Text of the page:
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Why the Pope is wrong on markets

Maximilian Auffhammer, professor, international sustainable development | August 17, 2015

On a recent speaking engagement in Germany I ran into Prof. John Schellnhuber, who was on his way to the Vatican to present Pope Francis’ major coming out document on climate change. After I got over feeling oh so cool for being one degree of Kevin Bacon removed from one of the most powerful figures in the world, I did my homework and read the Laudato Si’, which carries the subtitle “On care for our common home.”

Pope FrancisThis is a well researched position paper which touches on a variety of topics and makes it very clear that the pope cares much more about distributional issues than the average economist. This is not difficult, as we are too often obsessed with efficiency (maximizing the size of the pie) rather than equity (who gets what size slice).

Point No. 190

Even though I am a Bavarian protestant married to a lovely South African Jewish lady, I have been a big fan of Pope Francis until I got to point 190 in the Laudato Si’:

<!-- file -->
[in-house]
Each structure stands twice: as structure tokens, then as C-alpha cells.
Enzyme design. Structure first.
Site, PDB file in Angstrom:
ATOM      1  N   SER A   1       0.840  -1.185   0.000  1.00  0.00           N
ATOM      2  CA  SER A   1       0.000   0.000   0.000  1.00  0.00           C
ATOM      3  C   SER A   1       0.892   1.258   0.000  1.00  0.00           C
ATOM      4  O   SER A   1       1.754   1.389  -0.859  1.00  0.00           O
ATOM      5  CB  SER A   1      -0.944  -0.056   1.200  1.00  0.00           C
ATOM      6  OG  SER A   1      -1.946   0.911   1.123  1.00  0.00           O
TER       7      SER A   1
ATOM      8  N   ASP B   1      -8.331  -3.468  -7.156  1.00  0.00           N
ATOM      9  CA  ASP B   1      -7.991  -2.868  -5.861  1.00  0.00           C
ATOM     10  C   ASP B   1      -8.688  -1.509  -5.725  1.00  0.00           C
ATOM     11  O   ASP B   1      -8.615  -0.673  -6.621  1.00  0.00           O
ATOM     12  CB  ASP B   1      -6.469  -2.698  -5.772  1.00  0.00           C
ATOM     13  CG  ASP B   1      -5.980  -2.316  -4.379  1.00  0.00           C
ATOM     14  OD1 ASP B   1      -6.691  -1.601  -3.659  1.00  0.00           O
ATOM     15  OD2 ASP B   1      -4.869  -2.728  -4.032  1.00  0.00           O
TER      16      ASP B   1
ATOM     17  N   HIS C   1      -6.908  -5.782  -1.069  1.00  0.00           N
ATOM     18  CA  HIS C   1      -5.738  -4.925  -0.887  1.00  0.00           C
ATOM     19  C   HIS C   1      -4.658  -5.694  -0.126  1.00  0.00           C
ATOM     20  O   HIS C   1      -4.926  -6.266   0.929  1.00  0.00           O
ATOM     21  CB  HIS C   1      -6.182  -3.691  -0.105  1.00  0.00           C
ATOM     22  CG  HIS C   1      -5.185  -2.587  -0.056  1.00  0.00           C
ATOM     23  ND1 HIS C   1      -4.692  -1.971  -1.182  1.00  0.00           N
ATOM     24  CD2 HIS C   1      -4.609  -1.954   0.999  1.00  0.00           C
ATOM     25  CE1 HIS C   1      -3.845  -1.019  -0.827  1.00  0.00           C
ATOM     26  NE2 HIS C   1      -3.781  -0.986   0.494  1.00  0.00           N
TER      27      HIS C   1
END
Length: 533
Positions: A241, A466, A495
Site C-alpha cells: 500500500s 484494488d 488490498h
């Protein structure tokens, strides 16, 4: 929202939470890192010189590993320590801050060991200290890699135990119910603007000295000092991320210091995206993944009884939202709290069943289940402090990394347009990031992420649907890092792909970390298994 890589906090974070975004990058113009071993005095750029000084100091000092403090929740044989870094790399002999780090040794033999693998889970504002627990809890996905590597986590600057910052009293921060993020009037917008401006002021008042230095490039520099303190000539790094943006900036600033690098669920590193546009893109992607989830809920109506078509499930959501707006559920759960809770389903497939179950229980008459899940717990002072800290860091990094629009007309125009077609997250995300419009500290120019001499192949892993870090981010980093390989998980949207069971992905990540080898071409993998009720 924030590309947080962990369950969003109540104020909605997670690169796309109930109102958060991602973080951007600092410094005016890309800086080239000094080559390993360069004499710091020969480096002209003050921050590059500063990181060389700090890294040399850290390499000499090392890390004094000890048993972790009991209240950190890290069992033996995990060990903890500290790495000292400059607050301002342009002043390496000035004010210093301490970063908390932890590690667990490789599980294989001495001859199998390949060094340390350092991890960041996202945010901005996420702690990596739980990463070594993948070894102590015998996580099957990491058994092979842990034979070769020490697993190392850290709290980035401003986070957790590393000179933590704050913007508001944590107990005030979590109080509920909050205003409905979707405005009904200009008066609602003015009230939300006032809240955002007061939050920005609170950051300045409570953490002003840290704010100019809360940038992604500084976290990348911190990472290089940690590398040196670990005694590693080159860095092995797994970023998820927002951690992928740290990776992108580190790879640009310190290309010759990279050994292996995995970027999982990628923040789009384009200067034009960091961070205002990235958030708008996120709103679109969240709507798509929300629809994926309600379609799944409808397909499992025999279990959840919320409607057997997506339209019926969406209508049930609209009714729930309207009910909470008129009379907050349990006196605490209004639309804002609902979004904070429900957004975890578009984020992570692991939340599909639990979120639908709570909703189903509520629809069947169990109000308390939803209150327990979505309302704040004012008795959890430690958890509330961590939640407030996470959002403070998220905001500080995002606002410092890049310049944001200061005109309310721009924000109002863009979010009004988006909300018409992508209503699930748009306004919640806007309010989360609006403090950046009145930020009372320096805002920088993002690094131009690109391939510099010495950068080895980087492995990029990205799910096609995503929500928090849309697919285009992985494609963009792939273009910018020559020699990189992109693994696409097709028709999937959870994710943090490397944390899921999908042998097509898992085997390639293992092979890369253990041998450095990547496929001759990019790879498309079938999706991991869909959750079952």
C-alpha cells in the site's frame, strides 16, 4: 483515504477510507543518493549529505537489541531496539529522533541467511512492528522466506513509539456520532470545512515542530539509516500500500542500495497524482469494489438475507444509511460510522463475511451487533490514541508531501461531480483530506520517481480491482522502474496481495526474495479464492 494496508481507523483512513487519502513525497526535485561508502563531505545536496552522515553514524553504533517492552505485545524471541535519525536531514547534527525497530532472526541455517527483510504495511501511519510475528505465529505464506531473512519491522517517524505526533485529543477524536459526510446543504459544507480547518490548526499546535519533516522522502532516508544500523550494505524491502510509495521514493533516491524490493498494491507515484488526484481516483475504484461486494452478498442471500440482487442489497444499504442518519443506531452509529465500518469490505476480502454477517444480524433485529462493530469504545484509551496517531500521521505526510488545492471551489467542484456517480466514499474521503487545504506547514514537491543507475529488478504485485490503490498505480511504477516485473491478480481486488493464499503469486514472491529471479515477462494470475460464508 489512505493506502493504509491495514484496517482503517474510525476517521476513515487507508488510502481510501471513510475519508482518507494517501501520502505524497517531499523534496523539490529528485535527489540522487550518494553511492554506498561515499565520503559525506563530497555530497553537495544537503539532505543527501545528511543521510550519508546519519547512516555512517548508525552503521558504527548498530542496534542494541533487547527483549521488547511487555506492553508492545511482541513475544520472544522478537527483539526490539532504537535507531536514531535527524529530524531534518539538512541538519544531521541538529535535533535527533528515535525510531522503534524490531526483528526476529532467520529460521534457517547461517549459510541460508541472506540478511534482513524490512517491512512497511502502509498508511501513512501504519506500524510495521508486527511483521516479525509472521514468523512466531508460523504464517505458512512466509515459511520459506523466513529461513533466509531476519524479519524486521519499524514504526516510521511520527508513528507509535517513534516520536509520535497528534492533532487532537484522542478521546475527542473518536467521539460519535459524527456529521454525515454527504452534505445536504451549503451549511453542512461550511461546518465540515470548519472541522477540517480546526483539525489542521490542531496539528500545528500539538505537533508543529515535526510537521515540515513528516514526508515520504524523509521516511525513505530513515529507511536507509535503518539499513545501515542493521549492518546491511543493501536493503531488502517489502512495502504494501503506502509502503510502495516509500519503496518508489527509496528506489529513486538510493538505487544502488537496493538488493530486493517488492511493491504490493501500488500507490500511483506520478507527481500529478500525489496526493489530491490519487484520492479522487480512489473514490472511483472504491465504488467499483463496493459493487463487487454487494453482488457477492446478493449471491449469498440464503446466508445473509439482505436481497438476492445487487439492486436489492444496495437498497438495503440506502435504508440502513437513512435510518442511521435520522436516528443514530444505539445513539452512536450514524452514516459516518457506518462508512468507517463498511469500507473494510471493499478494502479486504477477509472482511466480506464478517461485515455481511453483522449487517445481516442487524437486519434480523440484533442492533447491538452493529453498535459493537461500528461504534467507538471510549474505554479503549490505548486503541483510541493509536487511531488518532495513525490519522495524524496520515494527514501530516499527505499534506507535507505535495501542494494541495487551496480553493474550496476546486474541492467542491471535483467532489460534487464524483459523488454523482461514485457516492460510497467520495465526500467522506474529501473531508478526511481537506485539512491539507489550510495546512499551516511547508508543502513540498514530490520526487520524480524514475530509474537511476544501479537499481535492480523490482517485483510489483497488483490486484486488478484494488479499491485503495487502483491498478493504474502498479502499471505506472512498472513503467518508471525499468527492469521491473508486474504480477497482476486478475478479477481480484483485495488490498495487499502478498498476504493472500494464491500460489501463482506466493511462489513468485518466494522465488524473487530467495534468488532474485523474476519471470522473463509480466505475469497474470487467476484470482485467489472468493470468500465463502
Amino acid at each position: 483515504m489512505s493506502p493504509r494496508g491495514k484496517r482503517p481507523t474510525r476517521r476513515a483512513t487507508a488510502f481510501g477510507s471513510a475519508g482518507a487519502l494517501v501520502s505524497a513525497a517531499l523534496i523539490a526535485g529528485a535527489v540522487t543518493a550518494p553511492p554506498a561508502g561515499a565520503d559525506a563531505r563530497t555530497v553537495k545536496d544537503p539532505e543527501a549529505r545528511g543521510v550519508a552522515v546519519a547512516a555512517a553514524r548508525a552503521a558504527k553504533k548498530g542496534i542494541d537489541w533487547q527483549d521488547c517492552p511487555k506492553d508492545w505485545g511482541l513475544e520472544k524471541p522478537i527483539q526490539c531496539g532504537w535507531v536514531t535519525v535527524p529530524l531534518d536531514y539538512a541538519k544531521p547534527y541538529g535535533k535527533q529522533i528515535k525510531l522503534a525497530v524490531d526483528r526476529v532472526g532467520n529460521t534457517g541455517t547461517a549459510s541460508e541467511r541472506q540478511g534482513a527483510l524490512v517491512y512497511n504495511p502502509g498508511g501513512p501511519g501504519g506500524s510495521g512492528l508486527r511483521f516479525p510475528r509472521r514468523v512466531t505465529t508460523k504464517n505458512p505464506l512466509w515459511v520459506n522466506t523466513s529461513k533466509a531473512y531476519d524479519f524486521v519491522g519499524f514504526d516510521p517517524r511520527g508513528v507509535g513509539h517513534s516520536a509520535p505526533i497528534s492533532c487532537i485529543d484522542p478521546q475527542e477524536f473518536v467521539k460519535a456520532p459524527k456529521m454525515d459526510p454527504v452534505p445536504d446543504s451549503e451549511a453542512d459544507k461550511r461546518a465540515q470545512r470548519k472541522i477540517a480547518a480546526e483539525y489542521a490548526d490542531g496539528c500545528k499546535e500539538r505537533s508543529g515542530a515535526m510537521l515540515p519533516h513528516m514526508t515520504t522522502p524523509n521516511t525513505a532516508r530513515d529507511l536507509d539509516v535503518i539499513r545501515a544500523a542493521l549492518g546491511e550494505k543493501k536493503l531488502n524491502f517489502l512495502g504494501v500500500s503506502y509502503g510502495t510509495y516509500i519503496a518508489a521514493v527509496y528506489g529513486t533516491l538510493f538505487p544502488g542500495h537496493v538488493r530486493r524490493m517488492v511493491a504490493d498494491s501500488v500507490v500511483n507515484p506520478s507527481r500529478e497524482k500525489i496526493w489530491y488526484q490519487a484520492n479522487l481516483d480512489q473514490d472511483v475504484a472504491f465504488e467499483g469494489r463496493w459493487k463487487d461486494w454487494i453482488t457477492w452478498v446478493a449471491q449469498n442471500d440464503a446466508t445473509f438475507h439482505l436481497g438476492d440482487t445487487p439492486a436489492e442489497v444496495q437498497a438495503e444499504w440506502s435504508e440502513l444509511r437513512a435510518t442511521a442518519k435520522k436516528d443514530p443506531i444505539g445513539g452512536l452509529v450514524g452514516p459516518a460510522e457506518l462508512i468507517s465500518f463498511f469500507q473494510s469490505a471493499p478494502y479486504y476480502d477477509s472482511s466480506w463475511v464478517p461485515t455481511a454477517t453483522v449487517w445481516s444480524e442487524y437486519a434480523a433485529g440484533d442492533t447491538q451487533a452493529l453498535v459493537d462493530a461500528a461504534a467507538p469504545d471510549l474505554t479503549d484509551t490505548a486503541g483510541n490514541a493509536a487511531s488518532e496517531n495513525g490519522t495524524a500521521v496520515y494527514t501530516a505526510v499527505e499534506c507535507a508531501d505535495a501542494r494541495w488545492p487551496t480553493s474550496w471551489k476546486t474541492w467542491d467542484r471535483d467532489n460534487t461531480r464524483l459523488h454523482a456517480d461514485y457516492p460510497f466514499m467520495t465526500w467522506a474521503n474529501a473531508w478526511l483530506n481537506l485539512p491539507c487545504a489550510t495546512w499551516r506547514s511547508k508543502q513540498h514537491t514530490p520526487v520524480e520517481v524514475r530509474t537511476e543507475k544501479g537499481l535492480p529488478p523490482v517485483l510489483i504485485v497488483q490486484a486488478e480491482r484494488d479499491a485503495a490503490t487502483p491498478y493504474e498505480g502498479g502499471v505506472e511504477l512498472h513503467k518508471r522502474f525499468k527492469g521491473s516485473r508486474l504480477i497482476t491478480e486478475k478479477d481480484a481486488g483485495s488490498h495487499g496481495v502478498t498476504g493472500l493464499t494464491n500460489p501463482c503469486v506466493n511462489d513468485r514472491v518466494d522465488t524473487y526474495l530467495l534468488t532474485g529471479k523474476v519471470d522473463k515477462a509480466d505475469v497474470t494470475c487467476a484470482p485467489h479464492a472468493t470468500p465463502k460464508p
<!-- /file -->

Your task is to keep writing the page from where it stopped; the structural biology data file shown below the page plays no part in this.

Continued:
“it should always be kept in mind that “environmental protection cannot be assured solely on the basis of financial calculations of costs and benefits. The environment is one of those goods that cannot be adequately safeguarded or promoted by market forces”. […] Once more, we need to reject a magical conception of the market, which would suggest that problems can be solved simply by an increase in the profits of companies or individuals. Is it realistic to hope that those who are obsessed with maximizing profits will stop to reflect on the environmental damage which they will leave behind for future generations?”

I went and sat in front of a wall and meditated on this statement for a little while (yes, my mom tried to make a Zen monk out of me). I agree with some of this sentiment. It is clear that profit/utility maximization has led to much of the environmental conundrum we find ourselves in. In a perfect world, firms pay for the full costs of their activities (which we call social cost of production). Consumers then only buy the product if these costs are at most as large as their willingness to pay for the good. If firms don’t have to pay for the full cost of their production (e.g. they get to use the atmosphere as a free dumping ground for greenhouse gases), the cost of production is artificially low and consumers buy more than they should at artificially low prices.